Interesting that they claim millet is more nutritious than rice. That would depend, I guess, on what 'millet' you are talking about, for millet is not a botanical designation but an agricultural one: millet is just some grass with large seeds that you can harvest. In some places, as the crop becomes more domesticated and dependable, millet gets another name, like "sorghum". If the stalks are cut and the juice used to make syrup, then it is called sorghum; if you let it go to seed and collect the seed heads to make poultry feed, it is called grain sorghum.
If you want to educate yourself about all the different plants that get lumped in under the classification "millet" the 'Lost Crops of Africa' series from the National Academies Press is a good place to start.
I'm still trying to figure out where millet fits in with my permaculture. I already use browntop millet as part of the seed mixture for my lawn, but the seed is so small that I just use it for birdseed. The chickens certainly seem to like it when their tractor is pulled over a patch of it. Had I known that the rains were going to stop in mid-August and give us a mini-drought until November, I would have sown it instead of jumping the gun on getting my crimson clover sewn around Labor Day. But if this is what we have to look forward to with Climate Change, unpredictable mini-droughts, I think I am going to have to stock up on some different millets to plant at the end of an unusually rainy spell.
What about you? Where does millet fit into your permaculture? And recipes? I like millet cooked in coconut milk for breakfast cereal -- yum!
Cooked millet is a nice gluten free alternative to bread crumbs in meat loaf.
Its also one of those things I often buy in health stores and we cook. Its mild flavor and very light to stomach.
Good thing is the crop, is that millets are often adapted to dry and warm climates, with poor soils. Less yielding than corn or wheat, but much less work. Easy harvest too.
This summer I was growing just a sample of pearl, proso, foxtail, japanese and teff millets. Even being in indoors containers, they were easy to grow and harvest. I only harvested for seed-saving purposes, because I started with little amount of seed.
The african finger millet is the only major species I haven't tried. All millet types are totally different species, with notorious differents between the plants, but the seed is similar.
I haven't tried their different flavors yet, and I don't know which type was the store-bought millet.
As for millet, milo, sorghum--it is yummy and extremely easy to grow in the right climate AND harvest. Getting the sugar out of the stalks is a bit harder, but can be done with some equipment.
I think every homestead with livestock should be growing some, especially in drier climates.
Angelika Maier wrote:I didn't plant millet so far. It is difficult to get information because you never know to which millet they refer to and they are botanocally very different. I thought too that millet is difficult to thresh and hull, how is this done?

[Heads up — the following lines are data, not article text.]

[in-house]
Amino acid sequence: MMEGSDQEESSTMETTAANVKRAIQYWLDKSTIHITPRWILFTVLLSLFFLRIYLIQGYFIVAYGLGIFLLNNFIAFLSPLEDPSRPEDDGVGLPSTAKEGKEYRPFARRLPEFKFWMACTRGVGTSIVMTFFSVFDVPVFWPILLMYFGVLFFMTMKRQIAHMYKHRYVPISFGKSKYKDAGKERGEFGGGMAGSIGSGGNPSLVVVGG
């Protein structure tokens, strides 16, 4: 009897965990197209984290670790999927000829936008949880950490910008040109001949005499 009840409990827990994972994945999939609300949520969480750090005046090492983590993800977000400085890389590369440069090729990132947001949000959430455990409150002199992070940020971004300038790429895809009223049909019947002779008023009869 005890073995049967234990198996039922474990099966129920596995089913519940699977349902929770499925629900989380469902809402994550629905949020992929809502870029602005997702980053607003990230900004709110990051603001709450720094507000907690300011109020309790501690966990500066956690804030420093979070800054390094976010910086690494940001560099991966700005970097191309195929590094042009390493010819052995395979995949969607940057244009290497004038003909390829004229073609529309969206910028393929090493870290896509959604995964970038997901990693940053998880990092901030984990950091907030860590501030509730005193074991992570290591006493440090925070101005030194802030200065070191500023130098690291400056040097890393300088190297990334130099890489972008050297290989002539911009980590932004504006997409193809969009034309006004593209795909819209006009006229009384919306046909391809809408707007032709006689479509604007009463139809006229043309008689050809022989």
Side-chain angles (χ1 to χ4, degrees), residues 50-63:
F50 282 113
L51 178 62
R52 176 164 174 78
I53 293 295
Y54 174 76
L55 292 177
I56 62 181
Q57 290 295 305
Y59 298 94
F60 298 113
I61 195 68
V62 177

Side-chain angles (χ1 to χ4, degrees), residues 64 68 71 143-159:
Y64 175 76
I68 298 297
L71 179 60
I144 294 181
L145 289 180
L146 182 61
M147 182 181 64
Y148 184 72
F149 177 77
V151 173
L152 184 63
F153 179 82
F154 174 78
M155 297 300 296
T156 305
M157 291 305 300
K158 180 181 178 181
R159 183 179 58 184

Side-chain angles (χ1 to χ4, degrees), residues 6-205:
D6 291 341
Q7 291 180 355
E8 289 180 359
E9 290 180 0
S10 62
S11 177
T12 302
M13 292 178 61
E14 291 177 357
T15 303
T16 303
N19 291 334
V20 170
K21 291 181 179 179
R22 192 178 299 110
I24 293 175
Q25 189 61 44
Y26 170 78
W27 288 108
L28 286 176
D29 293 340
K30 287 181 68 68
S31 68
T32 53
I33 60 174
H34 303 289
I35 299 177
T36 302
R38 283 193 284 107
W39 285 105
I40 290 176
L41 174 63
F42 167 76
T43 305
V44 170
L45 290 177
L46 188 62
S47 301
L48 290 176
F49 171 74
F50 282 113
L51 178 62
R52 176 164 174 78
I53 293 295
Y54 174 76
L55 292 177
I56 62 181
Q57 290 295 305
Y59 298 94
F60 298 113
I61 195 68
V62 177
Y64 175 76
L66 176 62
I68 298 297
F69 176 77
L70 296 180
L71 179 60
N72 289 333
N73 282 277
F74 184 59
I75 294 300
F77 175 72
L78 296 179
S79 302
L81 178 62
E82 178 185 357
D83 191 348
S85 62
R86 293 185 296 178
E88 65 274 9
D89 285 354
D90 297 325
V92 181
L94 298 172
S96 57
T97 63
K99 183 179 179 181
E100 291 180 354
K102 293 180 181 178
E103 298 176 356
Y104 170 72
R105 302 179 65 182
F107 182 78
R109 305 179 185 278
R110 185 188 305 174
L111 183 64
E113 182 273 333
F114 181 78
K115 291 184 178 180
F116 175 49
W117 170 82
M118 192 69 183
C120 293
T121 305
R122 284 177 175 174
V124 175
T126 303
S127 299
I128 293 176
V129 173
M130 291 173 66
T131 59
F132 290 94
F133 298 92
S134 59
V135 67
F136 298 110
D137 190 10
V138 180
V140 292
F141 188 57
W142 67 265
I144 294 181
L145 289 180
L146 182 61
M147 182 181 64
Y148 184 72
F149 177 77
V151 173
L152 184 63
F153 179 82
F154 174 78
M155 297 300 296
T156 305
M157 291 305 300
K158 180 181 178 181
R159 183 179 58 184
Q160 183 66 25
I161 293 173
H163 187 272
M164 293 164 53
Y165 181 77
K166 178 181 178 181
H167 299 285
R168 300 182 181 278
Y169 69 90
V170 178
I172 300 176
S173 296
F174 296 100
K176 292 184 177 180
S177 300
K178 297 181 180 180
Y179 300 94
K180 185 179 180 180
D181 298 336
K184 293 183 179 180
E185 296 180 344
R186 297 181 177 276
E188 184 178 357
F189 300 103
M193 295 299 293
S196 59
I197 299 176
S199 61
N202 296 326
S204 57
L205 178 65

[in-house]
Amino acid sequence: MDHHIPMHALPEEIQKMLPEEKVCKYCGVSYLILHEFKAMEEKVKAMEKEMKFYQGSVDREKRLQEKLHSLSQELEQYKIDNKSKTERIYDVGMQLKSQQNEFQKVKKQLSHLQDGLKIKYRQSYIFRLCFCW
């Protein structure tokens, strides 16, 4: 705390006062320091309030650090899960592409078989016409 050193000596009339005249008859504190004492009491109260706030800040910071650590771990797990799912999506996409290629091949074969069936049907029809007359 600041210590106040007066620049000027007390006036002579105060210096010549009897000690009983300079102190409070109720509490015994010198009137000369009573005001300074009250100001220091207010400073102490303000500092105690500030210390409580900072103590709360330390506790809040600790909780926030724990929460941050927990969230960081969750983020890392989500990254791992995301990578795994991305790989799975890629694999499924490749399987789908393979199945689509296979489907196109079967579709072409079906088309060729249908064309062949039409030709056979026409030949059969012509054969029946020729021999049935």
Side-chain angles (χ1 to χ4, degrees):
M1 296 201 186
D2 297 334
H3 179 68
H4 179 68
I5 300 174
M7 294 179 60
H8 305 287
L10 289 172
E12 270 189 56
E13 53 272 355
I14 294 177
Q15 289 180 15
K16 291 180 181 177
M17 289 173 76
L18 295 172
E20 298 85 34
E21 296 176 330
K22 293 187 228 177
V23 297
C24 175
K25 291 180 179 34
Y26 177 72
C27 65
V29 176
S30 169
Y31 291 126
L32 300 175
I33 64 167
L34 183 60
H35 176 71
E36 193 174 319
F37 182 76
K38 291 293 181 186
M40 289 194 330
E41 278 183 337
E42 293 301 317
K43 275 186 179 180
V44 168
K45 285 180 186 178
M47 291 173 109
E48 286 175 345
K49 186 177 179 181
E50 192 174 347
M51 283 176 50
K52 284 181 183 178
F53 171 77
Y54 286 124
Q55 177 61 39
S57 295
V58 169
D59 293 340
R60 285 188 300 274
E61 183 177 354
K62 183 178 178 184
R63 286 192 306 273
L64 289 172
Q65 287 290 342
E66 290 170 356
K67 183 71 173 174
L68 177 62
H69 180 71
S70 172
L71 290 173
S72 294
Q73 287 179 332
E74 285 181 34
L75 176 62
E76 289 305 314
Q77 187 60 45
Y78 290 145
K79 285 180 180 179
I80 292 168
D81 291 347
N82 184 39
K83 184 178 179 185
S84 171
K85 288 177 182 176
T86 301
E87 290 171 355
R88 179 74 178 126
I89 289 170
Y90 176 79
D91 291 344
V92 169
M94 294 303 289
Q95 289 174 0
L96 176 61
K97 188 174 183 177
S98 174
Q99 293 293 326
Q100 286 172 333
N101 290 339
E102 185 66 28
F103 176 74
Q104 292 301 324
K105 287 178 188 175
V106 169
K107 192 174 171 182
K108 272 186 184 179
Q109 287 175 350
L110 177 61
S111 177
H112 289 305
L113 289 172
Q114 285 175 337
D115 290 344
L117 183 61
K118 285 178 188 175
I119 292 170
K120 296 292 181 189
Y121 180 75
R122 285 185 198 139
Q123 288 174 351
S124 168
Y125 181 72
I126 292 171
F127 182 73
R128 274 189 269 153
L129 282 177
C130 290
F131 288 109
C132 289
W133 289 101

Just like in the video -- two women with a big wooden bowl and two smashers. I would imagine it takes a little practice to get the timing just right.
Parakeets seem to do it just fine using just their beaks. They leave a pile of seed hulls under their seed cup.
For small amounts, like what you would harvest by hand, I don't think you can beat the age-old system of flailing it on the ground and then tossing it up in the air to winnow it. Part of the lure of millet is that it is a coarse grain, and even when you cook it a long time, it still has some crunch left to it. I haven't done much with millet flout, mostly because it's not that easy to find. Bob's Red Mill has it, but I can't think of any other sources.
R Scott wrote:Hmmm. People were growing a locally appropriate grain that provided needed nutrition until the UN and .gov and BIG AG came in and told the poor local yocals what is best for them.
While I agree that much of the results of the green revolution needs to be undone or changed, much of the world would not be able to feed itself if we simply rolled back the agricultural development clock to 1950. They had many good crops but had not figured out how to feed the growing hordes. Those crops can certainly be part of the future in densely populated areas but yields must be high to compete with other grains on good land. On marginal lands, millet is often an appropriate crop.
A little history --- Norman Borlaug and company were responsible for greatly improving wheat yields at a time when South Asia was on the brink of catastrophe. http://en.wikipedia.org/wiki/Norman_Borlaug
An excerpt --- The initial yields of Borlaug's crops were higher than any ever harvested in South Asia. The countries subsequently committed to importing large quantities of both the Lerma Rojo 64 and Sonora 64 varieties. In 1966, India imported 18,000 tons —the largest purchase and import of any seed in the world at that time. In 1967, Pakistan imported 42,000 tons, and Turkey 21,000 tons. Pakistan's import, planted on 1.5 million acres (6,100 km²), produced enough wheat to seed the entire nation's wheatland the following year.
Dale Hodgins wrote: on good land.
That's the major catch, Dale. As you rightly point out, millet is for the not-so-good land, and the way that conventional, industrial agriculture has degraded a lot of land, millet may be finding a lot more use in the future. Like in places where they used to grow corn with center-pivot irrigation, but now the water table is lower and the droughts more frequent.
And research is still needed to find out how to optimize the different species of millet. There needs to be a second Green Revolution, this time with a lot more species than were optimized the first time around.